An impressive array of Napoleon Bonaparte’s belongings have arrived in Australia at the National Gallery of Victoria (NGV). The collection not only includes luxurious jewellery, watches and silverware, it demonstrates Napoleon’s links to Australia.
A 300-piece exhibition titled ‘Napoleon: Revolution to Empire’, has opened at National Gallery of Victoria’s (NGV).

The exhibition includes jewellery and other luxury items as well as an impressive collection of furniture, paintings and ornaments. Also on display are Napoleon’s uniforms, decorative weaponry and trademark hat as well as his first wife’s (Josephine) jewellery, books and silverware, all of which showcase the power-couple’s status and wealth.

The NGV worked in collaboration with The Foundation of Napoleon in Paris to lend more than 100 of its greatest treasures to the winter exhibition. Some exhibits were already housed in Australia.

Among the impressive collection on display is a 200-year old Breguet “touch” watch by French horologist Abraham-Louis Breguet.

The watch belonged to Napoleon’s youngest brother, Jerome Bonaparte and is impressive not only because Breguet was considered the leading watchmaker of his day, but because the design of the watch was advanced for its time.

Encrusted in old mine cut diamonds which stand in to indicate the hour, and pearls that indicate the half hour, the ornate arrow turns with the watch’s movements and tells the time without the wearer needing to open a cover.

The watch was considered a forward piece of technology within that era, and was popular among younger people who wanted to know the time discreetly by feeling the face of the watch without the ceremony of taking the watch out of their pockets.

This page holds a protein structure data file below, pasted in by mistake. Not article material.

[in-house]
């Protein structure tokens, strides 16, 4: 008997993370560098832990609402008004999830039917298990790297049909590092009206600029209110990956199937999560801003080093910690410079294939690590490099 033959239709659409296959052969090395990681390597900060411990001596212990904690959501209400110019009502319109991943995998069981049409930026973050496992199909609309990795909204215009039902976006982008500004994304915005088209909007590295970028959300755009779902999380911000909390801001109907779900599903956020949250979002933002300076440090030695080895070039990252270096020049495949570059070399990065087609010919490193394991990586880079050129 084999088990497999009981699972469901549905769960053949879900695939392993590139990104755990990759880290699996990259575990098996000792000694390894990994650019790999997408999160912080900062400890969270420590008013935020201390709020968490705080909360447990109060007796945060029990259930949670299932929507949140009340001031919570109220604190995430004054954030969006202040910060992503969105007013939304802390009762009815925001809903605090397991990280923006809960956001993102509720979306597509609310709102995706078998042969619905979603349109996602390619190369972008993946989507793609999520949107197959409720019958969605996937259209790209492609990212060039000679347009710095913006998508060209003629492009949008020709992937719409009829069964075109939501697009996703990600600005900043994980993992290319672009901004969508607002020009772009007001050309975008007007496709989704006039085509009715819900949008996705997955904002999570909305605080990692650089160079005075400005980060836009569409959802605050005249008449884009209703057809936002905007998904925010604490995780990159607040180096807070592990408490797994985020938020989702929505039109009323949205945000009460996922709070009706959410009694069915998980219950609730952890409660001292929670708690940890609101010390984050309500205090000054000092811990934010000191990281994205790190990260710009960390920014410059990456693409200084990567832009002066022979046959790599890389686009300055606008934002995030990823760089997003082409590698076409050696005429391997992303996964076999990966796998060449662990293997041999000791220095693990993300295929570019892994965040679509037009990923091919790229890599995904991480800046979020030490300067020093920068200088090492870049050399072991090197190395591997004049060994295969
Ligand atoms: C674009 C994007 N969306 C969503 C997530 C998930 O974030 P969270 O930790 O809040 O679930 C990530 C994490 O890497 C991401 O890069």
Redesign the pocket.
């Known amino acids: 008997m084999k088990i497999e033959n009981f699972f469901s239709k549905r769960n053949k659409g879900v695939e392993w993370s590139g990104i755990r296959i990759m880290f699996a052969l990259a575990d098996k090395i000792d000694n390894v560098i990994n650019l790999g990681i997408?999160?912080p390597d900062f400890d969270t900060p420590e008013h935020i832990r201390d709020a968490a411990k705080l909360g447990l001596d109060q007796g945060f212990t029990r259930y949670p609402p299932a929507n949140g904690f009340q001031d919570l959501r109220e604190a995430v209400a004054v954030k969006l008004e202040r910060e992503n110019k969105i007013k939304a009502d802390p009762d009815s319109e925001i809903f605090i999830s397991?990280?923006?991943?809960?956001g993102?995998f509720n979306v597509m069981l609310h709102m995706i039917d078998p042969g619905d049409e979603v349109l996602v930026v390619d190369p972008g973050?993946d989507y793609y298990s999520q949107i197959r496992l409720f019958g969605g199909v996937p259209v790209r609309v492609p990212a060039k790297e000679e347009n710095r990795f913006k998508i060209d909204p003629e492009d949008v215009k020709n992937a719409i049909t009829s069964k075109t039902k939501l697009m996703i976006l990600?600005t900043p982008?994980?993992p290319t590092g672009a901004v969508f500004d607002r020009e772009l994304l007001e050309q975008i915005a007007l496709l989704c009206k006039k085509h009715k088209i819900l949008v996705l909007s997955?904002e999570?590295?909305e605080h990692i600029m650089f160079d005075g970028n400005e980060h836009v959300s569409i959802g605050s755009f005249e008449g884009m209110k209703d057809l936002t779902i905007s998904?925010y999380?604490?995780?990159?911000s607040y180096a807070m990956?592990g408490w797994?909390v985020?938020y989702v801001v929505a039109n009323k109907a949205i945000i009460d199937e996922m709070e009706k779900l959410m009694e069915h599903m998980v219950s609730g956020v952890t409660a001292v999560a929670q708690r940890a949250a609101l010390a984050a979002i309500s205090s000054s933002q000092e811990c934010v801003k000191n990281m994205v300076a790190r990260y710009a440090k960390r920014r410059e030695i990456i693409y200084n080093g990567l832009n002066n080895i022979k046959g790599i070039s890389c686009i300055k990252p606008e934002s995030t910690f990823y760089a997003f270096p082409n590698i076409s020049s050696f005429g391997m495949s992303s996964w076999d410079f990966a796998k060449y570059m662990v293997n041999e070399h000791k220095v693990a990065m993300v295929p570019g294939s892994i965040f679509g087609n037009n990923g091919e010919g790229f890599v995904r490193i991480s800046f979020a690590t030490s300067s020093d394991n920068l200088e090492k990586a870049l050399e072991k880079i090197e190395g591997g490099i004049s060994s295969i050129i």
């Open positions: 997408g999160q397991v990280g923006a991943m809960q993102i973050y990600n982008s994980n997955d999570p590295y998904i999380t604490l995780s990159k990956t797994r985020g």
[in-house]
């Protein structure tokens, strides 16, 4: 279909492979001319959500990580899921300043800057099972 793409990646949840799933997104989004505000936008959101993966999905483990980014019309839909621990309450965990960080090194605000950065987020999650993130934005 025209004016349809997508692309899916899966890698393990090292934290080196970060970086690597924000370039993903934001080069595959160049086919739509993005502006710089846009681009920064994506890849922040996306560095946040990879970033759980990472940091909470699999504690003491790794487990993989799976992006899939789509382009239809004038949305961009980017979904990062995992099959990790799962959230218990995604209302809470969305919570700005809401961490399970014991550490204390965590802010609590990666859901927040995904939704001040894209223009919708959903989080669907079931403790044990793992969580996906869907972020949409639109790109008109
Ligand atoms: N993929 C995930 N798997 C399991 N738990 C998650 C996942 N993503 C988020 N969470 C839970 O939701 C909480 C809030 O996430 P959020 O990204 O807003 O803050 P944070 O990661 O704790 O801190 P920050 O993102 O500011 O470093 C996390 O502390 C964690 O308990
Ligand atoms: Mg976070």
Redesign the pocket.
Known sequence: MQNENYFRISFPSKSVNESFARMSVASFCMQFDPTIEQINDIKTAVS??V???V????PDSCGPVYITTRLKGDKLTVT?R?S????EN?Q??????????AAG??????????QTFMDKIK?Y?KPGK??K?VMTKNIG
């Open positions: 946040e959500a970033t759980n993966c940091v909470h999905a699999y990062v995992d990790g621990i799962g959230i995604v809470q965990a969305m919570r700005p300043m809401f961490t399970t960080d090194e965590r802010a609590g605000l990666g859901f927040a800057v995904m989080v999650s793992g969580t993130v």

Also on exhibit is the full replica suite of the legendary Empire Jewellery that was presented to Napoleon’s second wife, Empress Marie-Louise. The replica is made of gold, silver, white sapphires, diamonds and garnets (in place of rubies) and was recreated in 1811 by luxury French jewellery house, Chaumet, as the original suite was damaged beyond repair by wear and tear by subsequent heirs.
Dr Gerard Vaughn, Director of the NGV said, “Napoleon is well known as a master military strategist; this exhibition reveals that he was also a passionate lover and dedicated patron of the arts, sciences and literature.

“This year visitors will be intrigued by the life of Napoleon, a man who held the world captive to his ambition,” Vaughn added.

As Emperor of France from 1804-1815, the name Napoleon is well known, but what is not widely known is the connection he and Josephine had with Australia. The exhibition explores the strong cultural and scientific links that existed between Australia and France between the 1770s to the 1820s, including Josephine’s fascination with Australia following the publication of Captain Cook’s travels down-under.

Showcased through pages of books and maps, is information that was collected on an 1805 voyage that Napoleon had funded to landscape the southern Australian coastline we now know as Victoria, which was then named ‘Terre Napoleon’ (Napoleon Land).

The Bonaparte’s home, Chateau de Malmaison, an estate just outside Paris, held kangaroos, emus and other Australian wildlife including black swans. Josephine’s fascination with Australian flora and fauna led her to become the first person to breed Australian black swans in captivity and she also introduced the wattle and eucalyptus to France from the thousands of specimens brought back from the legendary Baudin voyages to Australia. All flora and fauna still thrive in France today.

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